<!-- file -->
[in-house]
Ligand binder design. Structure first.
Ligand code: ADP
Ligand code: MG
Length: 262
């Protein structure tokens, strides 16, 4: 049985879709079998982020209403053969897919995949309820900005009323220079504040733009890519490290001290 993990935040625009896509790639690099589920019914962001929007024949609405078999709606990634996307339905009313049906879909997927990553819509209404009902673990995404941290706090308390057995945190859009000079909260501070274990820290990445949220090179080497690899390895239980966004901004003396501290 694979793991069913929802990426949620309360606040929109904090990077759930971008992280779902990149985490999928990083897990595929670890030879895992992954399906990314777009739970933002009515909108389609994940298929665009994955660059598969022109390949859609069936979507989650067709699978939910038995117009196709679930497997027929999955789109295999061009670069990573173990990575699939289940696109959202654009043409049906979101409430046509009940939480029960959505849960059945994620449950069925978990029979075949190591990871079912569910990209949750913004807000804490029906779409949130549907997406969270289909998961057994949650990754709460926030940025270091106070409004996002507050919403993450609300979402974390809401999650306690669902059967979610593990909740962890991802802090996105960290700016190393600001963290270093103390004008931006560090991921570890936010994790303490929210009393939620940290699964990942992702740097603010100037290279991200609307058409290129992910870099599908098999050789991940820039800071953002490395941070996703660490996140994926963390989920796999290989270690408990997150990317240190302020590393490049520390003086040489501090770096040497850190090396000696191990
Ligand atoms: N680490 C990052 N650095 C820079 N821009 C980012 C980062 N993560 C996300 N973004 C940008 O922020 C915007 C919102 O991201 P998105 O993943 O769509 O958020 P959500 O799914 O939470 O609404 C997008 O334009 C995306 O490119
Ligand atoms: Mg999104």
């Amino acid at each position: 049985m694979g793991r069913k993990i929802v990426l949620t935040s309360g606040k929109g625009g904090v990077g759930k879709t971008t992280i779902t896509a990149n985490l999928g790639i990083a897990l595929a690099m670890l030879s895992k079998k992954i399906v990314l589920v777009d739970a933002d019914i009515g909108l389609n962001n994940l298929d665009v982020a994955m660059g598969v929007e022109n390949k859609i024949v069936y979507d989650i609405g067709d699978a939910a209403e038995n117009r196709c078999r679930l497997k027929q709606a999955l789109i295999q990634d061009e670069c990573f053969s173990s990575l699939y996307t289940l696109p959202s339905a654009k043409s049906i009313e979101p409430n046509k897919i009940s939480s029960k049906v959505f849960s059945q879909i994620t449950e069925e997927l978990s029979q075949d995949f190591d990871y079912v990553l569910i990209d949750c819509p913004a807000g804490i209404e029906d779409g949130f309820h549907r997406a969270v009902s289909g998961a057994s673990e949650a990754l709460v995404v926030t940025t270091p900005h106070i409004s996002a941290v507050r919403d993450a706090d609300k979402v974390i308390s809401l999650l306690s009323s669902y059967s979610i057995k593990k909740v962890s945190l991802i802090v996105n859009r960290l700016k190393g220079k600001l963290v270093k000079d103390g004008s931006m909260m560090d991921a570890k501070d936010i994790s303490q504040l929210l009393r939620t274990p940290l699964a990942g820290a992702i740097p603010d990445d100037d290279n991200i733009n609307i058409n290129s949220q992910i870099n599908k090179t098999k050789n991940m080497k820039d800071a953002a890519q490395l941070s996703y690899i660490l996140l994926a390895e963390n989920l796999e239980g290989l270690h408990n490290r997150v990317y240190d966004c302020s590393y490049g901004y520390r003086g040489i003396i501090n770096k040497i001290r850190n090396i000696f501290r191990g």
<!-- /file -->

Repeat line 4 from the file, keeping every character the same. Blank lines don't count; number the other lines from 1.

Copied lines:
Ligand code: MG